What Network Builders Need: More “How To” Cases

Why qualitative studies are useful network learning tools.

Recently in Boston, I joined more than 30 other network consultants and technical assistance providers to share approaches, frameworks, tools and insights about building networks for social change. The convening, sponsored by the Barr Foundation and the Interaction Institute for Social Change, drew a diverse group (together we had experience supporting networks of different size, purpose, and developmental stage, spanning public, private, and nonprofit sectors, from the local to the global). Yet many of us had come to the same place in our thinking. Here is one of the convergences.

How, Not Why
One thing is clear: Most social change agents we work with don’t need to be convinced of the power of networks. The network conversation is already prevalent in many fields. What practitioners need/want is grounded advice that draws from sound principles but connects principles to a do-able strategy that addresses their particular case.

At Network Impact we think about this as the need for a “middle term” – the ground that connects general principles to network purpose, context and action. For example, we say that in general networks need both “bonds” and “bridges.” But some networks are just about bridges (a network that connects all the people in a community who care about substance abuse prevention) and some networks may need to focus their energy on deepening bonds at the core –before coming to consensus on a network action plan, for example.

At the convening many of us agreed that more diagnostic cases about network building would be helpful. More places to go for a “thick description” of network purpose and context that also describes a network development strategy or “fix” and the outcome.  One our favorite network cases describes the development of the Massachusetts Smart Growth Alliance – complete with back story, challenges, strategies and examples of network work plans. Authors are Mary Wissemann and Kristina Egan.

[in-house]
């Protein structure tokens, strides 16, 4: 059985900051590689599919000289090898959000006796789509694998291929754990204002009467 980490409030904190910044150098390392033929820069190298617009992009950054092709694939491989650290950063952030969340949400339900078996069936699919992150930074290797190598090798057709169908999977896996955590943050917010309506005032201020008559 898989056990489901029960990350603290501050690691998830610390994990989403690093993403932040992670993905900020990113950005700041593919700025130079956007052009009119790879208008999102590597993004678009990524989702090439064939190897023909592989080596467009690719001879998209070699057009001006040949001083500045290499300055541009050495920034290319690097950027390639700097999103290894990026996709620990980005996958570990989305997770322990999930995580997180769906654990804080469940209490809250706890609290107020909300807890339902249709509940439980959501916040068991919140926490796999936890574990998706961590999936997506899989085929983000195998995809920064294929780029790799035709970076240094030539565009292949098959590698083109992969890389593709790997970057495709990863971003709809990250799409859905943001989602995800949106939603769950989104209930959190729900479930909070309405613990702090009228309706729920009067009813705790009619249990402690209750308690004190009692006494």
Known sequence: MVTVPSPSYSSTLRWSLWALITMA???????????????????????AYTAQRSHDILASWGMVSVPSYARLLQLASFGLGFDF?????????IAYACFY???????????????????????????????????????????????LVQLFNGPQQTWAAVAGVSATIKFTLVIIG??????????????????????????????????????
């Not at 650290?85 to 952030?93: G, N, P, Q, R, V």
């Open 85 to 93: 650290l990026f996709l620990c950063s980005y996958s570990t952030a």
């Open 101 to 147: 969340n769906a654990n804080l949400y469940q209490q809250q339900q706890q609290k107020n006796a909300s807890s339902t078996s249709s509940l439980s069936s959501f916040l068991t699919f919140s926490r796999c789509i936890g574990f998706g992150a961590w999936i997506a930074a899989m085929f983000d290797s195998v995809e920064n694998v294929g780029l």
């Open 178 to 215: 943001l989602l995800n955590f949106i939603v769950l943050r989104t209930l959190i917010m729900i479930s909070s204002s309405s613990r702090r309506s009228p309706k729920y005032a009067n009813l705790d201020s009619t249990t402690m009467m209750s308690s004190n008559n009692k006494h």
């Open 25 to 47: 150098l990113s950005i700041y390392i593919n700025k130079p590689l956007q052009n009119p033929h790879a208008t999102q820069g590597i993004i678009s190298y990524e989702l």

At Network Impact we also continue to think about ways to engage practitioners in chronicling their own network progress. In our work in network evaluation we have begun to include a qualitative component, encouraging network practitioners to reflect on their experience and write (or videograph) stories or cases. Members of the Massachusetts Regional Network to End Homelessness produce short reflections (250-500 words) on a quarterly basis. The sum of these reflections from the ten Regional Networks offers a lot of insight about why similar network strategies work well in some contexts and less well in others.

Do you know of a good network development case story? Share it with us through a comment.

In addition to detailed cases, how about a Case Directory?  The Directory would list cases with a brief summary — just the headlines — with author or source. If you decide you’d like to know more, you would contact the author/source. Our friends at Cause Communications have a case template that we use in our consulting work to describe typical network challenges and solutions.

Profile of the Challenge:
•    WHO: Rural advocates organized in five regional networks and two national networks
•    WHAT: Influence policy to benefit rural people and places
•    CHALLENGES: Diverse sectoral interests; difficulty building effective policy action initiatives
•    QUESTIONS: How to decide on policy focus? Who will lead? What is the workplan?
What Was the Network Solution?
•    Clarify decision making
•    Identify criteria for deciding policy focus. Possible Options:
•    Self governing steering committee with action teams
•    Lead organization structure
•    Network Manager structure
•    All require a network agreement

Let me know what you think about the Directory of Cases idea. Do you have ideas for improving the Cause template. Do you have a case written up to share? Where are there other cases on the Internet that are worth linking to? Check out the 2 cases we’ve posted.

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Network Tool: Network Health Scorecard

Regular check ups can help network builders track progress and decide what the network needs next. The Network Health Scorecard provides a quick series of questions that can yield a useful assessment of the health of your network - diagnosing strengths and areas for growth.

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